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One killed, one injured in south Casper gunfight with police
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One killed, one injured in south Casper gunfight with police


One person died and another was injured after exchanging gunfire with police Friday morning in a south Casper neighborhood.

Officers responded to a squat brick apartment building on the 2200 block of South Jefferson Street after police dispatch received a report of a woman being held at gunpoint. Officers responded to the residence, announced themselves and then forced entry, according to a police spokeswoman and a police press release.

After entering, the officers heard gunfire in a bedroom. A spokeswoman said she didn’t know if the bedroom was within the line of sight of entering officers, but bullets traveled out of the bedroom door.

The officers then exchanged gunfire with the individuals in the bedroom. One of the occupants was killed on the scene and another was transported to the hospital. No officers were injured.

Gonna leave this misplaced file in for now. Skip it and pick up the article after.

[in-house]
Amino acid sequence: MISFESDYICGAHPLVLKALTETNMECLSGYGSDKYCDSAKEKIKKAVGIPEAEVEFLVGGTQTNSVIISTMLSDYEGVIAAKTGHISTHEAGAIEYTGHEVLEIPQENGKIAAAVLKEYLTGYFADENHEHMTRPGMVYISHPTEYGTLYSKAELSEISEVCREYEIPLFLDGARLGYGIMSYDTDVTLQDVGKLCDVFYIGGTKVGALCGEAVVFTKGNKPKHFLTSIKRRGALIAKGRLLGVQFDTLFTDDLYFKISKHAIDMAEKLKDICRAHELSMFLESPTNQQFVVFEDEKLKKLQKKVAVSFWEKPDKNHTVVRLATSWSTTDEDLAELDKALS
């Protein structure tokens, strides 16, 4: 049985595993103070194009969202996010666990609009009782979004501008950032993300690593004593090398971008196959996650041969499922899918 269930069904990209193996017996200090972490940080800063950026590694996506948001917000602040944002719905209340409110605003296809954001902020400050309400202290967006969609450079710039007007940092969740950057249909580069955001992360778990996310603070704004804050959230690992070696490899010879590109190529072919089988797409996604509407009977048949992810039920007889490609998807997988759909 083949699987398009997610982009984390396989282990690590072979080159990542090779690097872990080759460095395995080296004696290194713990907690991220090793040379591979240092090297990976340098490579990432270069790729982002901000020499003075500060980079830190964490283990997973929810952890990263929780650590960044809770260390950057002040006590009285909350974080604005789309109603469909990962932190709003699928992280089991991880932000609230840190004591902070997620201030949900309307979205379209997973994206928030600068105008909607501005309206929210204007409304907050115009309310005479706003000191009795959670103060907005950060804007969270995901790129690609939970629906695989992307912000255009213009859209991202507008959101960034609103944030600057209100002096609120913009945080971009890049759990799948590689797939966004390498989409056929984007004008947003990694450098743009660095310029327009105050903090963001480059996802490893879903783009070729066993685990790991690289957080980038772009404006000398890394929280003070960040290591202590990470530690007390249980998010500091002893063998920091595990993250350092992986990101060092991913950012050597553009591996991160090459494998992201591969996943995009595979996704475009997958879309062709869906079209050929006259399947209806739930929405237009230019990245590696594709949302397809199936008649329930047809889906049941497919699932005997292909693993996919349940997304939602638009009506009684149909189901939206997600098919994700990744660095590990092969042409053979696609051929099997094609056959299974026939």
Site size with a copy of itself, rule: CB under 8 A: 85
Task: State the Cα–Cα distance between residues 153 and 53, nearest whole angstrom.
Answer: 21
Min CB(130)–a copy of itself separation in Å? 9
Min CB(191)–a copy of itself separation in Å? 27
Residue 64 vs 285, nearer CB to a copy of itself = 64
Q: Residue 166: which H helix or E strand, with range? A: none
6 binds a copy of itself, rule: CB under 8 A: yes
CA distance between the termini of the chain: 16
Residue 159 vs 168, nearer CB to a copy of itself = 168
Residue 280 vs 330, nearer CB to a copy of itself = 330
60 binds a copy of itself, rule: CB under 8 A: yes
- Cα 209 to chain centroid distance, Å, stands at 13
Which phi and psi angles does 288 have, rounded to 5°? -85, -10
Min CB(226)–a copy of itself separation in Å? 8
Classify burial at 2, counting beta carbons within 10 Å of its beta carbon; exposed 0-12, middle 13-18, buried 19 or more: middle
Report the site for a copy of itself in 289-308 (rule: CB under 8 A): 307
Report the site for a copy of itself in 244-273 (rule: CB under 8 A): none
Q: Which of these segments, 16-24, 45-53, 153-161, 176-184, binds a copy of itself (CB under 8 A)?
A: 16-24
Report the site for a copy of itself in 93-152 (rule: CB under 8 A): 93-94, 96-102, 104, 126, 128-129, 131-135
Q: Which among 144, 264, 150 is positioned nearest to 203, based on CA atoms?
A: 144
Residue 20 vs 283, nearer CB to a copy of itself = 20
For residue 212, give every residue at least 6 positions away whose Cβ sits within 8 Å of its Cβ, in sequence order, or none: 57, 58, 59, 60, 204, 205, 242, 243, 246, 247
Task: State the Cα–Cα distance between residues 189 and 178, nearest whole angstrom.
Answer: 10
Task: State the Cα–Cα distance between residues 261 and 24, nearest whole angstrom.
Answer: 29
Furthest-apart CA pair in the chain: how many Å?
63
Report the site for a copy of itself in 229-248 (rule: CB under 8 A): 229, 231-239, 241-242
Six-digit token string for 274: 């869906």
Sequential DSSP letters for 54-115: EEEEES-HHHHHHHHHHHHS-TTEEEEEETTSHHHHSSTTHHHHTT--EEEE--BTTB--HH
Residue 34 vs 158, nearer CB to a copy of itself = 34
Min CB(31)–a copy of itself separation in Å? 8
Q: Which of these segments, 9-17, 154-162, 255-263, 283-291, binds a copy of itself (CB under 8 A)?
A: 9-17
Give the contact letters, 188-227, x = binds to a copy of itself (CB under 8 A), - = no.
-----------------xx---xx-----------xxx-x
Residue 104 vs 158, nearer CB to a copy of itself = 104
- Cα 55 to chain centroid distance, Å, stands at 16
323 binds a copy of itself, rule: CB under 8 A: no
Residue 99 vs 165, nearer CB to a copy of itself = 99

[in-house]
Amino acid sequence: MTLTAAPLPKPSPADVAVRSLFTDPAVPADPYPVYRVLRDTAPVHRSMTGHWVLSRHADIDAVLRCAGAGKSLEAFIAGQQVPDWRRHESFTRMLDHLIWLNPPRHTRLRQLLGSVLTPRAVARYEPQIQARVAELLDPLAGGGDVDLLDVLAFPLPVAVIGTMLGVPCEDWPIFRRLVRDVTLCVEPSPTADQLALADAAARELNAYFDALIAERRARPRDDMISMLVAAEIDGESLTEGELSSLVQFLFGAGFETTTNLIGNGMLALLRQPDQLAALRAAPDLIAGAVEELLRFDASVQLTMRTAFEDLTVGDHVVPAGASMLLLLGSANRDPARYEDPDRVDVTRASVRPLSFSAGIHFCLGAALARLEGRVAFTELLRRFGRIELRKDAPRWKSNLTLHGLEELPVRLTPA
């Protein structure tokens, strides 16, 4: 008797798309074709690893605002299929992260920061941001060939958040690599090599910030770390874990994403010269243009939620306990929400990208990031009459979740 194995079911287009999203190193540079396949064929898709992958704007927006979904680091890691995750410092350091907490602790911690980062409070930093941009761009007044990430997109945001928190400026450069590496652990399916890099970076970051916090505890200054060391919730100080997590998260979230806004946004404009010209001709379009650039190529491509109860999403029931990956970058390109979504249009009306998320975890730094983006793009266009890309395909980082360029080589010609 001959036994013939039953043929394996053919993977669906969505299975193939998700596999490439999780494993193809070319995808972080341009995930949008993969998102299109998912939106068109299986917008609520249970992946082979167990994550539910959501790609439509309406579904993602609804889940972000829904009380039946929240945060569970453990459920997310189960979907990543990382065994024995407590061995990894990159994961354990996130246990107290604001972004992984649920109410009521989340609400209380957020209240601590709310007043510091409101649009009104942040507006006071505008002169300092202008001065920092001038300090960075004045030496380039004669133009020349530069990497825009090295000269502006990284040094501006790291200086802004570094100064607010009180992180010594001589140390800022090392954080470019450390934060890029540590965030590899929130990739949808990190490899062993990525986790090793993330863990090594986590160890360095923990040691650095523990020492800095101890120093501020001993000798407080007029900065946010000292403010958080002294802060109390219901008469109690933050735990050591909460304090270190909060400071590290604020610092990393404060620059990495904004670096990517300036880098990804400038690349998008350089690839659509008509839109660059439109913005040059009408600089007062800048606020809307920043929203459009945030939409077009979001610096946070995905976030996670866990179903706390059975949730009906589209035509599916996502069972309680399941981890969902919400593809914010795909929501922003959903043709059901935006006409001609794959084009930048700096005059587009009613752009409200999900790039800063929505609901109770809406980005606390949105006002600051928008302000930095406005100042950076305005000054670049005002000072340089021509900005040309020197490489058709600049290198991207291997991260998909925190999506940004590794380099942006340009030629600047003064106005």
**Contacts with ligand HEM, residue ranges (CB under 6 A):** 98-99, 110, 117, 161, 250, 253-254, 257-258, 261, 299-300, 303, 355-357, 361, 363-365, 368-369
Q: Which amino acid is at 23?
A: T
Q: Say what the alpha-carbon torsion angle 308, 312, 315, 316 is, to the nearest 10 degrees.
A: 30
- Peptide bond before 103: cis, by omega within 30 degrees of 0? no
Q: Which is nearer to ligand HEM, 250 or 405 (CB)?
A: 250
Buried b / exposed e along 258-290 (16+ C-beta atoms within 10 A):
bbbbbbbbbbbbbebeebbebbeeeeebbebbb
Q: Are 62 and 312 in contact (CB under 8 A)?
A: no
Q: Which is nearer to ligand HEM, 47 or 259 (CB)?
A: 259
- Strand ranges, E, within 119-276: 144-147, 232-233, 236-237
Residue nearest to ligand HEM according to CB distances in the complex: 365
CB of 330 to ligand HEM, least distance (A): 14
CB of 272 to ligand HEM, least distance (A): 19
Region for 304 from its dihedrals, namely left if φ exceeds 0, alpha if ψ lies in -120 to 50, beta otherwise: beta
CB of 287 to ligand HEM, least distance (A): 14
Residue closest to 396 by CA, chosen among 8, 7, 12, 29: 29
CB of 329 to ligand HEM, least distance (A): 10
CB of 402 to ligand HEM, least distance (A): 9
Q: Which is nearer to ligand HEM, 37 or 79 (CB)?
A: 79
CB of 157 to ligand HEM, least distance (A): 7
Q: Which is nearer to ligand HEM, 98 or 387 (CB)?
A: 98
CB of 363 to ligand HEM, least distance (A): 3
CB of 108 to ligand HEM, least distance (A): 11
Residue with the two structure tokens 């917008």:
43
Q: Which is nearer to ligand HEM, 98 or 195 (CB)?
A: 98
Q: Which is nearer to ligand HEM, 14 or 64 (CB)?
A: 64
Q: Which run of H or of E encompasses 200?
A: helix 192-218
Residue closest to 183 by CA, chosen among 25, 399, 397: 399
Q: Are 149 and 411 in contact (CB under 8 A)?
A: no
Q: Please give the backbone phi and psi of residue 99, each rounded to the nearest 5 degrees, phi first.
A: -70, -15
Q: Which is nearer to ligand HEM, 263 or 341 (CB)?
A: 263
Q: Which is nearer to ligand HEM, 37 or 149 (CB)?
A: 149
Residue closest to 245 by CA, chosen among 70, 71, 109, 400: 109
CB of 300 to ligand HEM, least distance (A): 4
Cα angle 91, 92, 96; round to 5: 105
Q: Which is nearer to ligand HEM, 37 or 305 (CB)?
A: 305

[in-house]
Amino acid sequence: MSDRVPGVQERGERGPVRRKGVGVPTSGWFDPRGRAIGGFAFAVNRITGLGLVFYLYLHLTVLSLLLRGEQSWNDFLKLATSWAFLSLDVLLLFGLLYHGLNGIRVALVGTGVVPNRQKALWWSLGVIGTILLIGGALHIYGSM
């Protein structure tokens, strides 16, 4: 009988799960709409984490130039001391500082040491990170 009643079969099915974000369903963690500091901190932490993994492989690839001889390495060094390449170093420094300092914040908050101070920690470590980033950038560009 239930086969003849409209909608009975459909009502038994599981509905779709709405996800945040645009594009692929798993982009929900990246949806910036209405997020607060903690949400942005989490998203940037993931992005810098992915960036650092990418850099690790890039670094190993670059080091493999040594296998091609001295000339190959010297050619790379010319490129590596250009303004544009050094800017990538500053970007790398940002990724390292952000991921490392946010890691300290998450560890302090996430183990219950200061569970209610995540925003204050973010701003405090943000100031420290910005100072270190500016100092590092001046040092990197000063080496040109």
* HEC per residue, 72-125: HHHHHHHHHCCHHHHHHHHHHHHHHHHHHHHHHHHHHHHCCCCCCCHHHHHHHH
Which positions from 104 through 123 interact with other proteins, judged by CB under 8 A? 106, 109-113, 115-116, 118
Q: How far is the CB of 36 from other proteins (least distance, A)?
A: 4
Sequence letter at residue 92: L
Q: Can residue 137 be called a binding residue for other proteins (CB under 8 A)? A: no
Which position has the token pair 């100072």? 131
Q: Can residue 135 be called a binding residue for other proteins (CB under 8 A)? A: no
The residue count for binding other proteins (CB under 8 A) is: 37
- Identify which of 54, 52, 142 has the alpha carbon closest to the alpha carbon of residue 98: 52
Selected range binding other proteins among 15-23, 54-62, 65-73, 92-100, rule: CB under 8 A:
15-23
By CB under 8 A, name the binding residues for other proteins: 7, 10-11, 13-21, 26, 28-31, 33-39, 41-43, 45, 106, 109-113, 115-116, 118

Rebekah Ladd, a police spokeswoman, said that it’s “still under investigation” whether officers’ gunfire had hit the individuals. The state Division of Criminal Investigation, which handles investigations of police shootings, is now examining the gunfight. Ladd said she would not be providing any more information Friday and that she didn’t anticipate DCI doing so otherwise.

Ladd said she did not know the status of the woman who was allegedly held at gunpoint.

DCI did not respond to an email sent Friday seeking information on the shooting.

Police shooting